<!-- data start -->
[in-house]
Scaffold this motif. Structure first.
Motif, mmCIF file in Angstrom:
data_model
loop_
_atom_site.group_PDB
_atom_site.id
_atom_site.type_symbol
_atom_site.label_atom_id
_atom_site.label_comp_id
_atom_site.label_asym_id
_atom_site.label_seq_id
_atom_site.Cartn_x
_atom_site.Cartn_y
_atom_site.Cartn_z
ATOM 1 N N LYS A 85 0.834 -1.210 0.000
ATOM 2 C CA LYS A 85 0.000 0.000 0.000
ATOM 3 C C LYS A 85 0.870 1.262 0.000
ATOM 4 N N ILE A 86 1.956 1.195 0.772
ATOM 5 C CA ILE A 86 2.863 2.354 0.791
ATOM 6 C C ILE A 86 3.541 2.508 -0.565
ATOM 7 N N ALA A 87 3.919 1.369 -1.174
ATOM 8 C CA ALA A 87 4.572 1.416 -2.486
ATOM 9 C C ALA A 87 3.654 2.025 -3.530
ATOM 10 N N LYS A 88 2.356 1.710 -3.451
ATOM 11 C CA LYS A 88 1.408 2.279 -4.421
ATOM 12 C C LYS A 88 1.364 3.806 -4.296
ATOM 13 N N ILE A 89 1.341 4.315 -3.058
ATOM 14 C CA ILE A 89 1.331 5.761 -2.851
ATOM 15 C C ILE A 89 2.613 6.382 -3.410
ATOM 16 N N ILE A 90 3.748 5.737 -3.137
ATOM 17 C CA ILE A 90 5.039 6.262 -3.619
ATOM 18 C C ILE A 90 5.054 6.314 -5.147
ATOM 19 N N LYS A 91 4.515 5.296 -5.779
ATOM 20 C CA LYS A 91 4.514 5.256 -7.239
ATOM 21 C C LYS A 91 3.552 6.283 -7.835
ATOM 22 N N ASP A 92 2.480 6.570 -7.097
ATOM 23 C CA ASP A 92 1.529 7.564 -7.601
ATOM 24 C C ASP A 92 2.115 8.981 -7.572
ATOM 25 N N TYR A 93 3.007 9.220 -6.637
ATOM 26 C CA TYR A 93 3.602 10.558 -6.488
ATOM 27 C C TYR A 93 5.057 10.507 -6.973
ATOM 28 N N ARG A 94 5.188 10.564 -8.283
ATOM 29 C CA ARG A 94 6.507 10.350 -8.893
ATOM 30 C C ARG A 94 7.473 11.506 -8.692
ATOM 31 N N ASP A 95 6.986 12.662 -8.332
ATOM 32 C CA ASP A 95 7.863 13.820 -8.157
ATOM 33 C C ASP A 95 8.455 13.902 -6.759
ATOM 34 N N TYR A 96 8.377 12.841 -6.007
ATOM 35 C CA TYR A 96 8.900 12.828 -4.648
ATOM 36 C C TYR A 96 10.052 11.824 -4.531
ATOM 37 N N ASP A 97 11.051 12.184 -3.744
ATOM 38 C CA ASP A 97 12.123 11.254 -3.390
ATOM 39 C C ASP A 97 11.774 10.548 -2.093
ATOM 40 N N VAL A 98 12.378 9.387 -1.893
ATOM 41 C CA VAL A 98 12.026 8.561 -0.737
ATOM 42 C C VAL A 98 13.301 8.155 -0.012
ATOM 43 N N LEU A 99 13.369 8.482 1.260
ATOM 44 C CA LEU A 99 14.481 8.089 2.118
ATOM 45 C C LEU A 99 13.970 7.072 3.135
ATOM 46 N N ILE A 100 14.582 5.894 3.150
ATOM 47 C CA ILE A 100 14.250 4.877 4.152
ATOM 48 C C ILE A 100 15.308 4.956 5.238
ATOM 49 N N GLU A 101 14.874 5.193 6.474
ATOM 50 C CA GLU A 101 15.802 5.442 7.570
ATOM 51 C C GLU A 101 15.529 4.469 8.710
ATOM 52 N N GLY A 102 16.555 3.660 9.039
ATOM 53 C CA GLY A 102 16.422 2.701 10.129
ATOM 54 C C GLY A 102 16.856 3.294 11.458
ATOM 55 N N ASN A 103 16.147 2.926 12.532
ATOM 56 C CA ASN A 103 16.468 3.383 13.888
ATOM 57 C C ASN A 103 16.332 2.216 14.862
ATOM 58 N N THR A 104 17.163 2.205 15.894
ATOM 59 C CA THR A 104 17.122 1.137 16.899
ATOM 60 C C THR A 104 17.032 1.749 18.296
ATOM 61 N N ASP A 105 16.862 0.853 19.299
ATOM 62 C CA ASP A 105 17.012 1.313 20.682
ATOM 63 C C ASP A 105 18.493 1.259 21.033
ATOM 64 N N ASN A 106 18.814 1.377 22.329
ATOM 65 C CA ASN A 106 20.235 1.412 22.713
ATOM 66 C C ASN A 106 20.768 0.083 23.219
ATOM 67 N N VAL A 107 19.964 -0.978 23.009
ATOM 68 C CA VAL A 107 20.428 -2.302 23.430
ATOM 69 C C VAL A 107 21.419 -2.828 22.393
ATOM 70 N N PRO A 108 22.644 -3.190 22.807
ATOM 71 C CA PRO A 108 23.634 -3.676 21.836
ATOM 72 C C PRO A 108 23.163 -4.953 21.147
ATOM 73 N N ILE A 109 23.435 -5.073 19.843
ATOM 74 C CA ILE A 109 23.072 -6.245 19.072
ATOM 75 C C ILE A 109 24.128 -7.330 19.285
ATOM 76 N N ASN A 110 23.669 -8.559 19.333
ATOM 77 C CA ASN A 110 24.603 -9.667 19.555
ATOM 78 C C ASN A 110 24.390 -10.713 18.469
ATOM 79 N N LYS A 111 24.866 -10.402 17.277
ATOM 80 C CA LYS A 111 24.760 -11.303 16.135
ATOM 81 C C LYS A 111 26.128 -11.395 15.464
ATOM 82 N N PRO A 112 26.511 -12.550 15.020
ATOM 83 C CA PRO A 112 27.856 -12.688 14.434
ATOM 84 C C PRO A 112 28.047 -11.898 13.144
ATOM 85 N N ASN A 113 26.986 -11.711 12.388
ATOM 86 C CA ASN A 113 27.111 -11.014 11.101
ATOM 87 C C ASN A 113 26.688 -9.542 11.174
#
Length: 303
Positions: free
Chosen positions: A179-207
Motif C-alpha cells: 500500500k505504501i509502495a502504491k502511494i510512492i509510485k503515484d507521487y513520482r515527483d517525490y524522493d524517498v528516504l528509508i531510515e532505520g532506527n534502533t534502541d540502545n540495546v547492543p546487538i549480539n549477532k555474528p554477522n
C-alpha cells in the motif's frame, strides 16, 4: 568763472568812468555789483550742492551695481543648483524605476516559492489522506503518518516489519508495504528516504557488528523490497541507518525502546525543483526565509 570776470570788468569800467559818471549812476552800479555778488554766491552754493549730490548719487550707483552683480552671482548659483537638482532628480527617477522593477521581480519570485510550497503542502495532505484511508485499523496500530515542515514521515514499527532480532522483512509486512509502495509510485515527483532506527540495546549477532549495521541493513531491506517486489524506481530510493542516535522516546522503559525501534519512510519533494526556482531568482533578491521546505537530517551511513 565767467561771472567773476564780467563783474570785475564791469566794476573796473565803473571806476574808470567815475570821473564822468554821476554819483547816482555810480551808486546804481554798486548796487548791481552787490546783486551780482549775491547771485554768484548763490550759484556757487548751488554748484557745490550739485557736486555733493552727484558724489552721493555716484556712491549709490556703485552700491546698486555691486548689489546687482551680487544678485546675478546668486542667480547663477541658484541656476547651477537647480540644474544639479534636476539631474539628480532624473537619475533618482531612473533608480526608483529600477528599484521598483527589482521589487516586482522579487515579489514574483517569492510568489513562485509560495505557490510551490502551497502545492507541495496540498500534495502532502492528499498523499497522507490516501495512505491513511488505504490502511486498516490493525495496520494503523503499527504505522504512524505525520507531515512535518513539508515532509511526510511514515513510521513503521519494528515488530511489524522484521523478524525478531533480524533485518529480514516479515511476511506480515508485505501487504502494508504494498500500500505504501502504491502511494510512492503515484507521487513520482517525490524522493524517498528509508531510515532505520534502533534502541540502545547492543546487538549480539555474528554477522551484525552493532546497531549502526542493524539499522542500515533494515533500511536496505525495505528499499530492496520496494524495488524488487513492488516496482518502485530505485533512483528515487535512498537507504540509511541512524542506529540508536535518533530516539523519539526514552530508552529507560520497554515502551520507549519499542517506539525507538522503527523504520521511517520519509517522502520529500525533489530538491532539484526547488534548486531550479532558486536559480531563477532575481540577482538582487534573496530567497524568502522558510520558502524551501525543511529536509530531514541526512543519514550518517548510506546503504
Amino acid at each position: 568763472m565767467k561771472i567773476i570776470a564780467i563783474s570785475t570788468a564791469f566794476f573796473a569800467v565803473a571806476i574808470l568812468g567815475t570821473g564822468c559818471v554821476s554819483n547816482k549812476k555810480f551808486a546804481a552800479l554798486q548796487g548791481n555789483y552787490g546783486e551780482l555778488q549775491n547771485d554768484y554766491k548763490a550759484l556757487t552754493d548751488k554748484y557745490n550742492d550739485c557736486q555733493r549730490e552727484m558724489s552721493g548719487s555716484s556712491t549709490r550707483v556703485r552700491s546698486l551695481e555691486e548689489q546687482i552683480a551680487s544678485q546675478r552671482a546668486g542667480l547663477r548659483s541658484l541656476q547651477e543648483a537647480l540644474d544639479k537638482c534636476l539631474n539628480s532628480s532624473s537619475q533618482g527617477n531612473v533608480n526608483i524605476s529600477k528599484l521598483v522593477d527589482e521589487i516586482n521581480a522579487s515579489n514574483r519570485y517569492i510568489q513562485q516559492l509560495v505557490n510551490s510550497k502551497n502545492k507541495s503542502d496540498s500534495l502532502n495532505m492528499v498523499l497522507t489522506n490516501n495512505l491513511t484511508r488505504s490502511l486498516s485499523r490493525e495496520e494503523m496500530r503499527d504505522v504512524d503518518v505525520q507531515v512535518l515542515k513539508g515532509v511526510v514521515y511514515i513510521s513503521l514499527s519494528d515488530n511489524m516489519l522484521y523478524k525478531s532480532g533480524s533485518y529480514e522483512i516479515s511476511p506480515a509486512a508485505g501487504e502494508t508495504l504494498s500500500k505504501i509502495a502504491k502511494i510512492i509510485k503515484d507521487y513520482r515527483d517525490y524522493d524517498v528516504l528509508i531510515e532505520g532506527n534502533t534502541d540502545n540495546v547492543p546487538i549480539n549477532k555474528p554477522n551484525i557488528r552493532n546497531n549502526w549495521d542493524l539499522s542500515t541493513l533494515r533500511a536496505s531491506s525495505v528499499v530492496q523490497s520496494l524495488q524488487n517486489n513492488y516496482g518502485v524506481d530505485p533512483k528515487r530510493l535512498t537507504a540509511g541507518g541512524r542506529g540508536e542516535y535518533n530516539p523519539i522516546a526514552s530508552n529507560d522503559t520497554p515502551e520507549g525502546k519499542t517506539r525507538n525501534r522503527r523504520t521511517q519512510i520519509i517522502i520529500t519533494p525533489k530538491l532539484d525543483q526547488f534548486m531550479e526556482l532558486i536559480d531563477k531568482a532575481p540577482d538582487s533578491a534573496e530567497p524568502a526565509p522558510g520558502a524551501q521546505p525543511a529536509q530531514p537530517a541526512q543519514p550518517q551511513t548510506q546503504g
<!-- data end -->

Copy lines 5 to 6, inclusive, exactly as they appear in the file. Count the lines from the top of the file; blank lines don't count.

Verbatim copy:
loop_
_atom_site.group_PDB